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New Orleans City Council puts Uber battle to rest - for now 

Council allows hail-a-car apps

click to enlarge At the Sept. 4 New Orleans City Council meeting, Michael Brinks of American Luxury Limousines spoke in opposition to proposed changes to the city's transportation code, which would allow hail-a-car smartphone apps like Uber to enter the New Orleans market. The council ultimately voted 4-3 to allow Uber to bring in its Uber Black service, which provides town cars and limos, with a $15 minimum fee per ride, but did not allow programs like UberX, the popular service that's in direct competition with traditional taxicabs.

Photo by Jeanie Riess

At the Sept. 4 New Orleans City Council meeting, Michael Brinks of American Luxury Limousines spoke in opposition to proposed changes to the city's transportation code, which would allow hail-a-car smartphone apps like Uber to enter the New Orleans market. The council ultimately voted 4-3 to allow Uber to bring in its Uber Black service, which provides town cars and limos, with a $15 minimum fee per ride, but did not allow programs like UberX, the popular service that's in direct competition with traditional taxicabs.

  After months of heated debate, the New Orleans City Council finally voted 4-3 to modify the city's for-hire vehicle ordinance to allow for hail-a-car app technology, including the San Francisco-based transportation app Uber, to operate within the city limits.

  Under the ordinance passed Sept. 4, luxury sedans and limousines will be able to connect with riders using app-based technology on their smartphones. Drivers also will be able to charge customers according to time and miles, much like a cab, but with a minimum fare of $15 for sedans, $25 for luxury SUVs and $45 for all other limousines. The company's popular "UberX" service, which competes directly with traditional cabs, will not be allowed.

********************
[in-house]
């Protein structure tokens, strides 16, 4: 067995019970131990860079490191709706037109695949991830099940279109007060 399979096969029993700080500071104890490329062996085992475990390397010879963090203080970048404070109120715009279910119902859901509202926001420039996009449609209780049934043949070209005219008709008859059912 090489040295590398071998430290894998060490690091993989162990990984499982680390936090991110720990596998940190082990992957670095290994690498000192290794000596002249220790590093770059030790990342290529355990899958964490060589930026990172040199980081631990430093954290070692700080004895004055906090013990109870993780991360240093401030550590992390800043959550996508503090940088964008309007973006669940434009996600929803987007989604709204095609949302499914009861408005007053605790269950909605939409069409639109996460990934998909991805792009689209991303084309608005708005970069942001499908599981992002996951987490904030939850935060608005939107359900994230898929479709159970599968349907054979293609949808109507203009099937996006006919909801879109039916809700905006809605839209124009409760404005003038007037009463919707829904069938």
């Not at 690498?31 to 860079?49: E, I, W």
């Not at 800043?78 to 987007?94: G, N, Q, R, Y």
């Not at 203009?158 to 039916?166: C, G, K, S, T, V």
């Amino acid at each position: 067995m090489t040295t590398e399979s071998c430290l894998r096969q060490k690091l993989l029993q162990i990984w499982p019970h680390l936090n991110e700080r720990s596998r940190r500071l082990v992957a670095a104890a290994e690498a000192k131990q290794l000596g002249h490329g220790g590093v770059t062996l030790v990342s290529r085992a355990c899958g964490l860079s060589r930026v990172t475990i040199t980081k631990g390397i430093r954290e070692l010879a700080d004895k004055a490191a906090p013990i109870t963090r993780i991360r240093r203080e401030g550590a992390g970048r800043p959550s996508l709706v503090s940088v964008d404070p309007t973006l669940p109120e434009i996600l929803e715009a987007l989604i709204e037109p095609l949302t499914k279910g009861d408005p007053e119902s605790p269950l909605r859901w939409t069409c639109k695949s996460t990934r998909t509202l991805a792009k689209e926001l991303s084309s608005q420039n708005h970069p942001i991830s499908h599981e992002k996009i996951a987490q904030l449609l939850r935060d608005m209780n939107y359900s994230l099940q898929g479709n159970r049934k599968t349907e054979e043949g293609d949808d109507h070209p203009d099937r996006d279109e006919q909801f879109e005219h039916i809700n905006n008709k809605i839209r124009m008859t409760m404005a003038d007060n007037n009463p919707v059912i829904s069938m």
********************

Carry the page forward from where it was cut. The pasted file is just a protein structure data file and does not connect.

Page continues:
Those prices, says Uber's New Orleans General Manager Tom Hayes, will make New Orleans one of the most expensive Uber markets in the country. Hayes told Gambit he's happy for the win but added the company would like to reduce those minimum fares.

  Members of New Orleans' taxicab and limousine industry, which fought Uber at every council hearing, reacted with disappointment and anger. They said that they have complied — and must continue to comply — with city standards for cabs while Uber and services like it will receive an unfair advantage in the market.

  District A City Councilwoman Susan Guidry and District E Councilman James Gray have been the most vocal about what they see as the dangers of UberX, citing insurance concerns and the worry that UberX's drivers have not been properly vetted by the city.

  "I feel like we're letting ourselves in for a world of hurt," Guidry said. "If we had stronger laws, I'd be more comfortable with this."

  Former Taxicab Bureau Chief Malachi Hull, who was dismissed by the city in July, was similarly disillusioned. "I think the council is misinformed right now," he said. "What they've just done is remove the consumer protections and the safety provisions that were put in the code previously." Hull also said that wherever Uber is, UberX operates as well, because so few limo companies are willing to work with Uber.

  District D Councilman Jared Brossett, who introduced the ordinance, closed his remarks during the meeting by saying, "It's about opportunity. It's competition for everybody, not just some." He was joined by Council President Stacy Head, Council Vice President Jason Williams and District B Councilwoman LaToya Cantrell in approving Uber Black.

  No timetable was given for Uber Black's entry into the market, but a search on Uber's smartphone app at press time showed no cars operating in the city — yet.

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